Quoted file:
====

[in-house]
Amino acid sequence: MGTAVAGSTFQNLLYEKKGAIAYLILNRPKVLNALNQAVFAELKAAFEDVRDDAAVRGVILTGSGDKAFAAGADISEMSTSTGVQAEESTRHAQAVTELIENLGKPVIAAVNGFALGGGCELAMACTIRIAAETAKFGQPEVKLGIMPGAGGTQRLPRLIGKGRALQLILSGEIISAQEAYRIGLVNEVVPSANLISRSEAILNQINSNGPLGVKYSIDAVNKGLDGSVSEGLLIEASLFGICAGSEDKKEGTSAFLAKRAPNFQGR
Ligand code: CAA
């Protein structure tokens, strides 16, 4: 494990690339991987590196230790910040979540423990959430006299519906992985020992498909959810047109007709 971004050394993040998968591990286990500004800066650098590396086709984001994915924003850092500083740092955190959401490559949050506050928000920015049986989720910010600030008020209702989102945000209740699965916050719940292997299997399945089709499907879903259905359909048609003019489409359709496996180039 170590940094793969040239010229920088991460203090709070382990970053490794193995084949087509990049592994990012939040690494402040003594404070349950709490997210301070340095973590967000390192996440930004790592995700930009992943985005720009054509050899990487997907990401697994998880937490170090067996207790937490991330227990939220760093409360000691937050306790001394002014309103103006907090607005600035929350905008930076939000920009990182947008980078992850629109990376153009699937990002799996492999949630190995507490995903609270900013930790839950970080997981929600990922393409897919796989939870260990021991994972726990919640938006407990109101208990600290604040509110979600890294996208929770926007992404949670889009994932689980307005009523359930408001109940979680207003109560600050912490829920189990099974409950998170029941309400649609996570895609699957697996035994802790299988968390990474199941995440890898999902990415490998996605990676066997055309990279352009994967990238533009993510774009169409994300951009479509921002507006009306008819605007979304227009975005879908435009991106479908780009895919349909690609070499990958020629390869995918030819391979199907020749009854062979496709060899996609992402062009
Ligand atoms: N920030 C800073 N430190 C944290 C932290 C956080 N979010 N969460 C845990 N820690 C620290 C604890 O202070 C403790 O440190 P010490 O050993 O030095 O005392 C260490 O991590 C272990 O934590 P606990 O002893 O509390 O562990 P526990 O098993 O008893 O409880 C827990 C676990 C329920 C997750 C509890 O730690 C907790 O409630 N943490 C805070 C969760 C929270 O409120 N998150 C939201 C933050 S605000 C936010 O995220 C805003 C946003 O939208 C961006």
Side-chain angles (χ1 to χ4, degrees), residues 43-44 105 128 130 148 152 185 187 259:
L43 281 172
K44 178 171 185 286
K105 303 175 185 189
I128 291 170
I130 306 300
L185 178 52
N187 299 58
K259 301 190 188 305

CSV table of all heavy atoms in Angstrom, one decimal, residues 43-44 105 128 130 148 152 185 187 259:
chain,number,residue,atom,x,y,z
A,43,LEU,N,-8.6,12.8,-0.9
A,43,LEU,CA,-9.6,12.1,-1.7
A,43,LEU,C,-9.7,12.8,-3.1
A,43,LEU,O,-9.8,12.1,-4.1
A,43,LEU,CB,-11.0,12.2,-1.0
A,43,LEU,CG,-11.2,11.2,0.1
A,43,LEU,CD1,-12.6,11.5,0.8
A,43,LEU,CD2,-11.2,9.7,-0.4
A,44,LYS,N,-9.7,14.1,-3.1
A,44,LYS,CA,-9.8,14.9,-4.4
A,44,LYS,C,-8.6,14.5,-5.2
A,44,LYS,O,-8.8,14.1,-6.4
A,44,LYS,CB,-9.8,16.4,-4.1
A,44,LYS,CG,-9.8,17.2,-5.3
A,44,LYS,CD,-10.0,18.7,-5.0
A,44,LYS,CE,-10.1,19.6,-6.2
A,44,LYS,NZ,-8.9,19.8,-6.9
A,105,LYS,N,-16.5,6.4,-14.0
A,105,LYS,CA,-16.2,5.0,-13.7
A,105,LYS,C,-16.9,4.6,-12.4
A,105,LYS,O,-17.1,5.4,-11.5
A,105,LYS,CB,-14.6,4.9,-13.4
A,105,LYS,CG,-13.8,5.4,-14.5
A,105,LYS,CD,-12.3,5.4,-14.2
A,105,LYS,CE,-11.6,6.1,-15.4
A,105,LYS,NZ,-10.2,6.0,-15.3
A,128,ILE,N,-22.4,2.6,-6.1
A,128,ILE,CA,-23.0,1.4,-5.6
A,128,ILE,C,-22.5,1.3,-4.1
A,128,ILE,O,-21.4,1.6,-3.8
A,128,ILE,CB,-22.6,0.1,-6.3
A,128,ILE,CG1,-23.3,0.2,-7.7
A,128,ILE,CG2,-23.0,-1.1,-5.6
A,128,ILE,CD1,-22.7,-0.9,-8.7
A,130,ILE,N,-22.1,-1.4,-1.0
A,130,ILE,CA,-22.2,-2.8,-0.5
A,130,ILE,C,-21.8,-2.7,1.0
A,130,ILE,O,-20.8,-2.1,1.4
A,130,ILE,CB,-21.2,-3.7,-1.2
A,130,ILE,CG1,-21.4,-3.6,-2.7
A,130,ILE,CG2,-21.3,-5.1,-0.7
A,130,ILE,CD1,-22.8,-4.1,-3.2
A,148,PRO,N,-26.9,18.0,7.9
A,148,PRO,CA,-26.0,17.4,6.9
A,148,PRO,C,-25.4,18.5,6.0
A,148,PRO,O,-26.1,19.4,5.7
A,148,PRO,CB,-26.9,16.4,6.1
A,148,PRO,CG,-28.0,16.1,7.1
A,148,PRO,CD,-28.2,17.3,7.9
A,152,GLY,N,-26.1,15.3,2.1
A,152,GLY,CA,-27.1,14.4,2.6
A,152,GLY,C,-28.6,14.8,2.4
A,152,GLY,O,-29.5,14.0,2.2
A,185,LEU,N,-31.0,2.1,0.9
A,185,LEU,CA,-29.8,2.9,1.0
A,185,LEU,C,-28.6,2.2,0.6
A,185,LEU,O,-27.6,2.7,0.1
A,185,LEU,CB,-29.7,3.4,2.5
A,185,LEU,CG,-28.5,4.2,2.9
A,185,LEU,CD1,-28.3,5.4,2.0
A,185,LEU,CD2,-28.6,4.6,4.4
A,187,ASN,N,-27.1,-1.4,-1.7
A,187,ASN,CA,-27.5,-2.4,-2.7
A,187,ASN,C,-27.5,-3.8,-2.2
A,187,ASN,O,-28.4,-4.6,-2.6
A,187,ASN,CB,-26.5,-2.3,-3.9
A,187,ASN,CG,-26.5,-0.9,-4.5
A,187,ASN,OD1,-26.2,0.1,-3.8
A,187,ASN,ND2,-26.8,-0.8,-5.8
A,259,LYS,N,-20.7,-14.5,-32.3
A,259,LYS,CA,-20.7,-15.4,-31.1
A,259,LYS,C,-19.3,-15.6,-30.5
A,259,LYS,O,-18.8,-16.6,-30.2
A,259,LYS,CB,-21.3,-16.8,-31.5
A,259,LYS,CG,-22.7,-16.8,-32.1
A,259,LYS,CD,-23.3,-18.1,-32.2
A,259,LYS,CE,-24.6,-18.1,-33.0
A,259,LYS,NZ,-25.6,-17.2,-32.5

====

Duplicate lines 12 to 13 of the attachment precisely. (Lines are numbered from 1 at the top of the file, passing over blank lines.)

L185 178 52
N187 299 58